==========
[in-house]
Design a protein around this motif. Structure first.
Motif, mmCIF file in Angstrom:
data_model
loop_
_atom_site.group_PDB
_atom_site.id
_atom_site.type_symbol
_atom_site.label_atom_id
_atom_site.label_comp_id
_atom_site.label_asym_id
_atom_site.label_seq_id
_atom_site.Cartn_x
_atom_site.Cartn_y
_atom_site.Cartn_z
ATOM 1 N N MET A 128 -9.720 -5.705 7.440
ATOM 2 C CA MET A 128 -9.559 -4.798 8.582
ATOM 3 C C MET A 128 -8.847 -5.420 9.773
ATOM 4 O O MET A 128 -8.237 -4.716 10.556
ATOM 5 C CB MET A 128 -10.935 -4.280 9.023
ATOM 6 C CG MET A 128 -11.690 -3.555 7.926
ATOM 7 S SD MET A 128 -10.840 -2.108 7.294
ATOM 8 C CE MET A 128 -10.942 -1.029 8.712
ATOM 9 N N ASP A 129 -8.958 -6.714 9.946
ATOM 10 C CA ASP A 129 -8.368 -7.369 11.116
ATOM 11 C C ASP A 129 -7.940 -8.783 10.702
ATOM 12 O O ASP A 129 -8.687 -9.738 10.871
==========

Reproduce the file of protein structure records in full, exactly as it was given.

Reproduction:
[in-house]
Design a protein around this motif. Structure first.
Motif, mmCIF file in Angstrom:
data_model
loop_
_atom_site.group_PDB
_atom_site.id
_atom_site.type_symbol
_atom_site.label_atom_id
_atom_site.label_comp_id
_atom_site.label_asym_id
_atom_site.label_seq_id
_atom_site.Cartn_x
_atom_site.Cartn_y
_atom_site.Cartn_z
ATOM 1 N N MET A 128 -9.720 -5.705 7.440
ATOM 2 C CA MET A 128 -9.559 -4.798 8.582
ATOM 3 C C MET A 128 -8.847 -5.420 9.773
ATOM 4 O O MET A 128 -8.237 -4.716 10.556
ATOM 5 C CB MET A 128 -10.935 -4.280 9.023
ATOM 6 C CG MET A 128 -11.690 -3.555 7.926
ATOM 7 S SD MET A 128 -10.840 -2.108 7.294
ATOM 8 C CE MET A 128 -10.942 -1.029 8.712
ATOM 9 N N ASP A 129 -8.958 -6.714 9.946
ATOM 10 C CA ASP A 129 -8.368 -7.369 11.116
ATOM 11 C C ASP A 129 -7.940 -8.783 10.702
ATOM 12 O O ASP A 129 -8.687 -9.738 10.871